Raptors miss T.J.

STEVE BUFFERY -- Sun Media

, Last Updated: 11:15 AM ET

Raptors all-star forward Chris Bosh was saying yesterday how much the team misses point guard T.J. Ford, on the court and off.

"You're always going to miss someone like T.J. He's just a threat offensively and defensively because he's so quick and he can get in the passing lane and everything," Bosh said following the team's practice at the Air Canada Centre. "He's definitely missed. He's a locker room personality and not to have him on the road, you really notice it."

Bosh and his teammates better get used to Ford being away for a little while longer. While the diminutive guard, who has been out action since suffering another arm stinger on Dec.11 in Atlanta, was spotted at the ACC yesterday, general manager Bryan Colangelo confirmed that the club plans to pursue other professional opinions on the state of Ford's injury. The Houston native suffers from a condition known as spinal stenosis, which sometimes results in a loss of feeling in his arms when he collides with something, as was the case on Dec. 11.

Ford already has consulted with a pair of specialists in the U.S., Dr. Robert Watkins in Los Angeles and Dr. Patrick O'Leary in New York, and Colangelo said that they plan to seek even more help, and get more opinions, although he couldn't say yet as to when and from whom.

And so, the Raptors will continue to lean on Jose Calderon to carry the load at the point guard position, and the Spanish national team star certainly has stepped up. Calderon is on pace to become the 11th NBA player since 1989 to post an assist-per-turnover ratio over 5.00. He currently leads the NBA with a 6.05 assist-per-turnover ratio (260 assists, 43 turnovers).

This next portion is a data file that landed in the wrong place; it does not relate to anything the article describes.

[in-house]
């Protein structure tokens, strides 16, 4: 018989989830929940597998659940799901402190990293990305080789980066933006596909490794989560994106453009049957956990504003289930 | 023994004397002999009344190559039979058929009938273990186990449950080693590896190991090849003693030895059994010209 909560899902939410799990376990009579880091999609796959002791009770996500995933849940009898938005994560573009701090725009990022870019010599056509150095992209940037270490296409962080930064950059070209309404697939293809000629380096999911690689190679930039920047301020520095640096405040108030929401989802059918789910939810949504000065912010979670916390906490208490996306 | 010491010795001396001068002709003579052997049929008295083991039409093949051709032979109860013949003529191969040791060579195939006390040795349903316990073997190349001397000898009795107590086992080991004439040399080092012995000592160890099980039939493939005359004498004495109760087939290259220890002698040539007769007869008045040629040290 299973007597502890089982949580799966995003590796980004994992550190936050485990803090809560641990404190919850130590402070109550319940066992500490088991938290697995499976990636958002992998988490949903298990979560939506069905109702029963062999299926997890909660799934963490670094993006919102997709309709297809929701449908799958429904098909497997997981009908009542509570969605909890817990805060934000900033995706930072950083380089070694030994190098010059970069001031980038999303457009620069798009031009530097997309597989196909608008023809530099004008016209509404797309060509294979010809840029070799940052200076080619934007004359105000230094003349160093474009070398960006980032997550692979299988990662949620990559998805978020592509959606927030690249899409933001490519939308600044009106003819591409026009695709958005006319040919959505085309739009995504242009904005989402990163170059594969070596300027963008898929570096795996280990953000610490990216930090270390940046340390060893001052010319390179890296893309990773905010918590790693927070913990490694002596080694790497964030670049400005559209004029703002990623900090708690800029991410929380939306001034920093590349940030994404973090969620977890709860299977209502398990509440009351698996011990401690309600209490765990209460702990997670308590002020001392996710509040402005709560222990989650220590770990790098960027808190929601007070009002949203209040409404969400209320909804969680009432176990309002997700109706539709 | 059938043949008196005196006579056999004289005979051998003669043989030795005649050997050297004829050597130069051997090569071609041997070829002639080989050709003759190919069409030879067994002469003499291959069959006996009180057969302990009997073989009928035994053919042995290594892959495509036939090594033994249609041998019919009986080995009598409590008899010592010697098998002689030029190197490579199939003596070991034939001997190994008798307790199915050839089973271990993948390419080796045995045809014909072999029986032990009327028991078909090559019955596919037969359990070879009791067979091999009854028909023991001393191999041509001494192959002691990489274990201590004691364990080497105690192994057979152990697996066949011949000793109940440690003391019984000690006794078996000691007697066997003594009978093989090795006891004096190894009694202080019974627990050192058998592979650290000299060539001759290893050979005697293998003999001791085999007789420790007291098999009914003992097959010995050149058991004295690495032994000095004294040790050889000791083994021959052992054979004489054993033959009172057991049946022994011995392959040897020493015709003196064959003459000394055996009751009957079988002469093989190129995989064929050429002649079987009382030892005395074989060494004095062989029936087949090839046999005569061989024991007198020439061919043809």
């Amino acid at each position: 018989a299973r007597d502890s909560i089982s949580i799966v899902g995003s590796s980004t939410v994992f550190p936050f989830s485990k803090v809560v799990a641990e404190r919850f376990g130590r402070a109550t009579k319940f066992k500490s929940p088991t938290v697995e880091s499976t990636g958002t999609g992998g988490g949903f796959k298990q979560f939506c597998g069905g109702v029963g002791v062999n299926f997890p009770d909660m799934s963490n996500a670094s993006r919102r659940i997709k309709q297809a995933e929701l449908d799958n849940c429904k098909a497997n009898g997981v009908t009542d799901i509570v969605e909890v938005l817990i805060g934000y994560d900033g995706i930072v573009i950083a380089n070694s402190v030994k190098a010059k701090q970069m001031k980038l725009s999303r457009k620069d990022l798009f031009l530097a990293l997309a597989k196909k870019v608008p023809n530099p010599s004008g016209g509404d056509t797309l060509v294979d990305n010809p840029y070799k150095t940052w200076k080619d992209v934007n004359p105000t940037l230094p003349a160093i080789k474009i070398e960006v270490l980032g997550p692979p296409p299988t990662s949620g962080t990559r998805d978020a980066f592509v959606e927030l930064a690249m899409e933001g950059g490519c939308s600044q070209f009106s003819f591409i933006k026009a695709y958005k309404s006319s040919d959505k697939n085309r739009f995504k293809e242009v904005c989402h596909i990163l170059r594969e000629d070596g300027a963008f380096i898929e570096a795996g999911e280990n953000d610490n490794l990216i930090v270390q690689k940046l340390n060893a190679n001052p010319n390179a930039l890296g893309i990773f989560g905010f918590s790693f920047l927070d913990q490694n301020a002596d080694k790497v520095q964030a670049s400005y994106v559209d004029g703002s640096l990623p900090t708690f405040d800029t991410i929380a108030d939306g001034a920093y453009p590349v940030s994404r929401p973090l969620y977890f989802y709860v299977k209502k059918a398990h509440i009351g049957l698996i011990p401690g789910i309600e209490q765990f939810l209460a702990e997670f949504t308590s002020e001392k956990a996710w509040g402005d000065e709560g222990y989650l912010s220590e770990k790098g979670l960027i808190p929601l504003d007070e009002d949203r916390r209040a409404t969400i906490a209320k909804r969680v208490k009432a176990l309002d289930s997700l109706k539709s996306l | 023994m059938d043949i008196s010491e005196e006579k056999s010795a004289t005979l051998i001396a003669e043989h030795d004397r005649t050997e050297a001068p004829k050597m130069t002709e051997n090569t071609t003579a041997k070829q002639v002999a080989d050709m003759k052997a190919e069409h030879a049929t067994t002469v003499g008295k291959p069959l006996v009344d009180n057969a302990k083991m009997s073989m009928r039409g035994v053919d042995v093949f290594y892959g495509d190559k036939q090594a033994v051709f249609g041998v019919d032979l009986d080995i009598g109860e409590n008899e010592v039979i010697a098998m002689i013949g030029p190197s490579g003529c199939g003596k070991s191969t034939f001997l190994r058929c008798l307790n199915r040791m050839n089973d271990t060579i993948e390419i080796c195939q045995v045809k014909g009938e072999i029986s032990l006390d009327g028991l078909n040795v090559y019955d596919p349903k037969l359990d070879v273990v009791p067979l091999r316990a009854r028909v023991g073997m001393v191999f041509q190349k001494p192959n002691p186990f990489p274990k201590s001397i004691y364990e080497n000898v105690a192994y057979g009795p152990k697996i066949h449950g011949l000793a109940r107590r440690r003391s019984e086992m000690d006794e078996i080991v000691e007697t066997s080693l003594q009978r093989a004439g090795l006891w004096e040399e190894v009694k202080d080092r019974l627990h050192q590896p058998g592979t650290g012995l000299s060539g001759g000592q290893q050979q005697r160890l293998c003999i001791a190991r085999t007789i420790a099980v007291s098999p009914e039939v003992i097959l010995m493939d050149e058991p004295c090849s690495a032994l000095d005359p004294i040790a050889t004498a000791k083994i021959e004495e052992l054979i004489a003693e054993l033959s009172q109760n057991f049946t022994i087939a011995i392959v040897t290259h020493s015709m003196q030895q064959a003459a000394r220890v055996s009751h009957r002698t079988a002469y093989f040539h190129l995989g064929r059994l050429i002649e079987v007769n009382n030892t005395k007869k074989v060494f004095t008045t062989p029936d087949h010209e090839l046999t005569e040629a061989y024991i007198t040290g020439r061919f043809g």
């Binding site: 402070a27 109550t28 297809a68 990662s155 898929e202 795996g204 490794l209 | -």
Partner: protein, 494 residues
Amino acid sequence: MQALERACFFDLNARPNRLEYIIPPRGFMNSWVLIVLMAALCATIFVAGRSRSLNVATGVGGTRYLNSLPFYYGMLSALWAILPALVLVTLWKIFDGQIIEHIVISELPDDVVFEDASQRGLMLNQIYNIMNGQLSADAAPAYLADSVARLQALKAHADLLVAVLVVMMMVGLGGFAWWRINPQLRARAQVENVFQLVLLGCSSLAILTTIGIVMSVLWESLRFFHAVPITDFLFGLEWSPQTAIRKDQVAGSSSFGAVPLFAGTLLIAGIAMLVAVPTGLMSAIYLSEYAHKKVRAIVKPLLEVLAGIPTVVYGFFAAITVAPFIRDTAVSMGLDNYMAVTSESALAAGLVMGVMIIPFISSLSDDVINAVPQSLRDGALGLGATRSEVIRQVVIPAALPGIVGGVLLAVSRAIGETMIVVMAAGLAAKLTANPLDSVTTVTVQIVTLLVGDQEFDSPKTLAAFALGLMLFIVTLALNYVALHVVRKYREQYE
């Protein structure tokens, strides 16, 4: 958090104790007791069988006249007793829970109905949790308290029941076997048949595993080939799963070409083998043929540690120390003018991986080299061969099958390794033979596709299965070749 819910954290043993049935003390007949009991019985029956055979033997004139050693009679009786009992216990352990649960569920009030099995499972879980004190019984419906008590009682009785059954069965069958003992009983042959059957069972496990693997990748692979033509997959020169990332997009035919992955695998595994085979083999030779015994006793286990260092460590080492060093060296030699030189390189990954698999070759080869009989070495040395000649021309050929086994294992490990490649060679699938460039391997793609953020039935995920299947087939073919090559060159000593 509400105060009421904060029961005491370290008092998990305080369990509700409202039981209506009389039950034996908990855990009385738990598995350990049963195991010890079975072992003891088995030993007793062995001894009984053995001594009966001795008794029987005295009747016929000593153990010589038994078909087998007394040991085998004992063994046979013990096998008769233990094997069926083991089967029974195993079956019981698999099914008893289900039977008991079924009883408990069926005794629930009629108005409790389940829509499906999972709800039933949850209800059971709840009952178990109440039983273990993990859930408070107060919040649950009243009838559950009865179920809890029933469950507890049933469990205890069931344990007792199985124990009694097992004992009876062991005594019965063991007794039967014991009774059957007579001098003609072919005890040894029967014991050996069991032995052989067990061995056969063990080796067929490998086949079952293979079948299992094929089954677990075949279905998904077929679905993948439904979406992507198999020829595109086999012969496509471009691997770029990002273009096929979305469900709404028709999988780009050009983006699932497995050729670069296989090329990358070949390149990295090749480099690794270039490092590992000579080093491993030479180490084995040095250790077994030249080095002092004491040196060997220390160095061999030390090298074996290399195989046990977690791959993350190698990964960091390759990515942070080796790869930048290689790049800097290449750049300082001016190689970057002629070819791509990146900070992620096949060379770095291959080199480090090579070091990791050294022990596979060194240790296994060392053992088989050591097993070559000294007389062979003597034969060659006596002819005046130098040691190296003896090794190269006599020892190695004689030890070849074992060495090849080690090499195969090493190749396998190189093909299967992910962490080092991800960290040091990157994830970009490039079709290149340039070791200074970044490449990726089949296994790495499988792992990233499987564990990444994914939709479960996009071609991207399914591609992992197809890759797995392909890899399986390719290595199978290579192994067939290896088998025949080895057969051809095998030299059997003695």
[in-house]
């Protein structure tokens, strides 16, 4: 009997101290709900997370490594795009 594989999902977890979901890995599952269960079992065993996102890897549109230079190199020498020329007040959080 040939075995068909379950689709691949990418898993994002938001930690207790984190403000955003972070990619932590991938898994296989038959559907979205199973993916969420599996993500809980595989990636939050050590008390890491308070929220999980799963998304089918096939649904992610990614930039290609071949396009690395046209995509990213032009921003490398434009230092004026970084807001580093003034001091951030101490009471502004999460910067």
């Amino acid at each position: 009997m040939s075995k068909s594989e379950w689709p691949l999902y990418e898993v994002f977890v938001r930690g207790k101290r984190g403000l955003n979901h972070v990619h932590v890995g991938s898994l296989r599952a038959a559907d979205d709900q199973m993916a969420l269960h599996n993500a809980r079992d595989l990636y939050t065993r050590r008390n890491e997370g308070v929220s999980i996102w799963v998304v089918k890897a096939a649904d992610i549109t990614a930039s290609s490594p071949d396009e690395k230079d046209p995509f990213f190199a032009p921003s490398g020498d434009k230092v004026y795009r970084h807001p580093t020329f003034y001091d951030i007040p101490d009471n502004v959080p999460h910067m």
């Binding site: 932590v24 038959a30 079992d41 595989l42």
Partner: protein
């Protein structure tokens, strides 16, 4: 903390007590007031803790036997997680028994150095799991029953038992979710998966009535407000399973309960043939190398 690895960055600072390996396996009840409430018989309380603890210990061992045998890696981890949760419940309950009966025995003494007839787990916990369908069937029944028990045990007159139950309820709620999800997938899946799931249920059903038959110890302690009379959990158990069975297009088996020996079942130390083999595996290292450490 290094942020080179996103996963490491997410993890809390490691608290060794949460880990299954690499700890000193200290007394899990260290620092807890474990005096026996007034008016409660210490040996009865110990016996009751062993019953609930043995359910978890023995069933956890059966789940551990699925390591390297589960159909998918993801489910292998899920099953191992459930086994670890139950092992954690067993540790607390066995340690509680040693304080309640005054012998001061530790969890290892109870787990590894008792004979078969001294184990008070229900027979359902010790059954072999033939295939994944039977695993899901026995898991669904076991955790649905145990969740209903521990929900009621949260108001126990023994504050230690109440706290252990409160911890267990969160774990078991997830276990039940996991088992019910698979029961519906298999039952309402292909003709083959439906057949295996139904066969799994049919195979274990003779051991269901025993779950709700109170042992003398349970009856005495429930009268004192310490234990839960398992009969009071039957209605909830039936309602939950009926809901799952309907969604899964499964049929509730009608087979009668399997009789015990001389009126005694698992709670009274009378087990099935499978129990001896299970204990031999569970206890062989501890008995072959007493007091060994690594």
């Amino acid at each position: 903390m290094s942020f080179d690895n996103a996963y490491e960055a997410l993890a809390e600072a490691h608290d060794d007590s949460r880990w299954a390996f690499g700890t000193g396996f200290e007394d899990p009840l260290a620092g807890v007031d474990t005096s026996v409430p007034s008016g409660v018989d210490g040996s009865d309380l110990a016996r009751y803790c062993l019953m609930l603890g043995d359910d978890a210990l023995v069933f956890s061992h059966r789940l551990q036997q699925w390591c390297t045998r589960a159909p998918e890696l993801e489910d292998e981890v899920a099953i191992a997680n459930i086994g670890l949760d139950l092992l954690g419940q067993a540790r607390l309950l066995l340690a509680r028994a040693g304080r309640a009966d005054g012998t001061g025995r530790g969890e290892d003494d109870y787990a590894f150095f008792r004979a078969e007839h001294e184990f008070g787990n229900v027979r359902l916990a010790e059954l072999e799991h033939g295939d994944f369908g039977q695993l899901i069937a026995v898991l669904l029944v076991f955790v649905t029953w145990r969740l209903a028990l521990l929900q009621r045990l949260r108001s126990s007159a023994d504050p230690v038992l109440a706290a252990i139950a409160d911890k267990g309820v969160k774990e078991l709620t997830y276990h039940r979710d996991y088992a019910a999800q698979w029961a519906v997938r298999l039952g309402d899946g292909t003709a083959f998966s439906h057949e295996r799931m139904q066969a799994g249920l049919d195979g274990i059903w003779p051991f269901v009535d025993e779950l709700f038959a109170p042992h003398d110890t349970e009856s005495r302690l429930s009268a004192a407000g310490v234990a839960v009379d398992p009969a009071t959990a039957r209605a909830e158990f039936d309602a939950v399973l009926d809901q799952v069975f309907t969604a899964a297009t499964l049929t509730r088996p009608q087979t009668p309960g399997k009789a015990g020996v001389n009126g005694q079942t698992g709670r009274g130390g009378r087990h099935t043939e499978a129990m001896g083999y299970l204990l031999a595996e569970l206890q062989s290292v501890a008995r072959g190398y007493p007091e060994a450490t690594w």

The Raptors recently returned from a seven-game road swing, broken up in two legs, and look at a much easier month in terms of the schedule -- eight home games (starting with tomorrow night against the Detroit Pistons) in January, as opposed to only five on the road, with no back-to-back road games.

Mitchell said his club is certainly not going to take any of the games at the ACC for granted.

The Raptors are 8-6 at home this season and 9-9 away. Last season, they finished 19 games above .500 at home and seven below the even mark on the road.

"Everybody thinks because you're at home, you're supposed to win," Mitchell said. "And that's just not the case. You still have to play well, you still have to out-work a team. The fans don't seem to realize, you're not going to come out and be up 25-10 every game at home."

Mitchell said young players in particular often feel more pressure at home, and the Raptors do have a fairly young team.

"Young players miss a couple of shots and make a couple of mistakes, and if the fans kind of get down on them, then they get down on themselves," he said. "What the fans need to understand is, these guys out there are doing the best they can do, and you're not going to play great every minute you're on the court."

Mitchell is hoping, however, that his team is able to go on a major role. The longest win streak of the year for the 17-15 Toronto squad was four games.

"We really haven't got on a roll yet," Mitchell said. "We'll win one or two. Then we'll lose one or two. We just haven't put together that string of wins yet. But we still feel like it's coming. Our players are getting better."


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